Want to get happy? Check out these tips backed by scientific studies.

What’s the point of work, family, exercise, reading, watching movies, and waking up in the morning? What’s the point of living, anyway?

We may be aspiring to career success, family values, or personal growth. The point is always the same: being happy.

We all know the basic rules of being happy: don’t worry, manage stress, figure out what you want and work for it. However, the journey towards happiness is never as simple as it seems.

We turn to spiritual teachers, self-help books, and how-to articles. How about science? It’s time to accept tips backed by scientists.

Neuroscientists know what people need to get happy. Let’s see if we can follow their advice.

1. Be Grateful

Gratitude is one of the best personal qualities we can have. It’s the ability to show appreciation for all things in life. Researchers from the University of Southern California used fMRI brain imaging to study the effect gratitude had on us.

The scientists found that when the brain felt gratitude, it activated the areas responsible for important feelings: fairness, moral cognition, reward, self-reference, and economic decision-making.

By showing gratitude, we maintain the cycle of healthy social behavior. But our relation to society is not the only reason for being grateful. This behavior can become our natural antidepressant.

When we acknowledge the things we’re grateful for, we boost the production of serotonin and dopamine – the neurotransmitters that act like antidepressants.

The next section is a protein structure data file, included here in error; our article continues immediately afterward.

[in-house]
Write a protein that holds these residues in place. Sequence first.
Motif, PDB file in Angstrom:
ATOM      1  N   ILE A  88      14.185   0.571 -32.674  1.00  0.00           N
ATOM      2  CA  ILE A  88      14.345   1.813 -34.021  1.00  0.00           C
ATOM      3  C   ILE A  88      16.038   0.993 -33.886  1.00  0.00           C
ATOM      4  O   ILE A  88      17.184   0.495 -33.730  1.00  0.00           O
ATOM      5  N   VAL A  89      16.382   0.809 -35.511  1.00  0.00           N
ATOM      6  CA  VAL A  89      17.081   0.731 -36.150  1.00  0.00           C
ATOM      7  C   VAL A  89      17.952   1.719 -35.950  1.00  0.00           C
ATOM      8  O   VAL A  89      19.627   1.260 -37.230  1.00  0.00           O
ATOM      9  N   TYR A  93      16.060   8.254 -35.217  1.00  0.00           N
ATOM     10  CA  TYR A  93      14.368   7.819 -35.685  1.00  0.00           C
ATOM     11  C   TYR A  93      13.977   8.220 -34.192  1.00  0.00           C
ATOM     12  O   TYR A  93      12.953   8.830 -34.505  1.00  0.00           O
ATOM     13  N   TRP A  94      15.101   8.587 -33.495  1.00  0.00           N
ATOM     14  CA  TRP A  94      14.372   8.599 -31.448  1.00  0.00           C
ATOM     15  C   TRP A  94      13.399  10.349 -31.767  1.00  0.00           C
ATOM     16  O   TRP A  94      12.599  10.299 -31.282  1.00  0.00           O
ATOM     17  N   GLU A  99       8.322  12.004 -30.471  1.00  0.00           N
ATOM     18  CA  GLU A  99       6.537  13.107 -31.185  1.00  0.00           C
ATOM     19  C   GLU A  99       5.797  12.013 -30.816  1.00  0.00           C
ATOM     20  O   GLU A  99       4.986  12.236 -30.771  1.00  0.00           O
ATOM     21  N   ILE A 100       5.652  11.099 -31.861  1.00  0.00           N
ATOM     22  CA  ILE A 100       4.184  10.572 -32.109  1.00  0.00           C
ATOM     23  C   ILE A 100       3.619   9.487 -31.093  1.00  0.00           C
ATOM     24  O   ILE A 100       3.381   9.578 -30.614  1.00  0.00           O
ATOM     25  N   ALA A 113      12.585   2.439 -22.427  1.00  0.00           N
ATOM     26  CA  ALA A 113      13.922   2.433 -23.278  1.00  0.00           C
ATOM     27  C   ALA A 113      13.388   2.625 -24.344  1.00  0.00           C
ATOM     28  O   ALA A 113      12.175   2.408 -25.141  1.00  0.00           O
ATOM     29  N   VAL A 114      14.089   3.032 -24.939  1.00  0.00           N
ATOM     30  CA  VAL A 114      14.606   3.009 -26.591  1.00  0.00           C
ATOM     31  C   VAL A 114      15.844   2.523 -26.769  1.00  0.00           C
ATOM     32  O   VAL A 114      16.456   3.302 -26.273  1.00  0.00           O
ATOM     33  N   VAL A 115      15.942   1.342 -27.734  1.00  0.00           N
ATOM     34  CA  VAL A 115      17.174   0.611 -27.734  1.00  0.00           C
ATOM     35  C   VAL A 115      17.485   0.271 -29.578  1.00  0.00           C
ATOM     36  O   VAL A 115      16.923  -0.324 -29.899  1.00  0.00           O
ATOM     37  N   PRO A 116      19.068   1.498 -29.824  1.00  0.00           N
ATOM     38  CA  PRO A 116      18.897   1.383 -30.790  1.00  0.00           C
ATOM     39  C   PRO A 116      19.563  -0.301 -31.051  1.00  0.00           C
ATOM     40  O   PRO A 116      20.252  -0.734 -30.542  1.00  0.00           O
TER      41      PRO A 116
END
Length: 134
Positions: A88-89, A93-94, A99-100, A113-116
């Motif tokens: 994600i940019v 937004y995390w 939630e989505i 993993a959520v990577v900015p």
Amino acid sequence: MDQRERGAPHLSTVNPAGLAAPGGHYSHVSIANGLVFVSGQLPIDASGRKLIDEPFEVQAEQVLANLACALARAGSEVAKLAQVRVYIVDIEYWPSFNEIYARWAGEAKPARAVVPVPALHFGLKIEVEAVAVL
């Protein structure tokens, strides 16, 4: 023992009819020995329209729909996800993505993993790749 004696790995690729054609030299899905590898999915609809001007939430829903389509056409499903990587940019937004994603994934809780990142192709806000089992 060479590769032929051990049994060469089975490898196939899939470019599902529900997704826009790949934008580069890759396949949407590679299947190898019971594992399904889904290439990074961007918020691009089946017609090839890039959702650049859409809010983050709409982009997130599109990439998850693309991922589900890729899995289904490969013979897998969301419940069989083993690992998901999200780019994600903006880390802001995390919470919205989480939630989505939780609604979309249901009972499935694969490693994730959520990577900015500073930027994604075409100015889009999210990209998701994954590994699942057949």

Practicing gratitude can become a daily ritual. Its effects are backed by neuroscience!

2. Practice Mindfulness

Every single website and magazine dedicated to health and well-being tell you the same thing: meditate and practice mindfulness if you want to get happy. Skeptics would tell you that’s vain talk.

Neuroscience, however, will tell you something different: mindful meditation is not placebo. Brain scans showed different activity in the brain during meditation than the one caused by placebo.

So what exactly is mindful meditation and how can it make you happier?

It’s the practice of conscious awareness of the moment. You sit in a comfortable position, so your body won’t be an obstacle. You close your eyes and focus on the breath. You monitor the primary sensation you’re experiencing, but you’re not allowing the thoughts and emotions to pull your focus away.

Neuroscience shows that this type of meditation increases the gray matter in different areas of the brain. Through regular practice, mindfulness improves our focus, compassion, empathy, and the ability to recognize and control emotions.

3. Get In Control of Your Choices

Every single minute of our lives is marked by decisions. Will you have a glass of water or coke? Will you continue reading this article or will you switch to Facebook? You’re constantly making decisions. Each choice, no matter how random it seems, affects your wellbeing.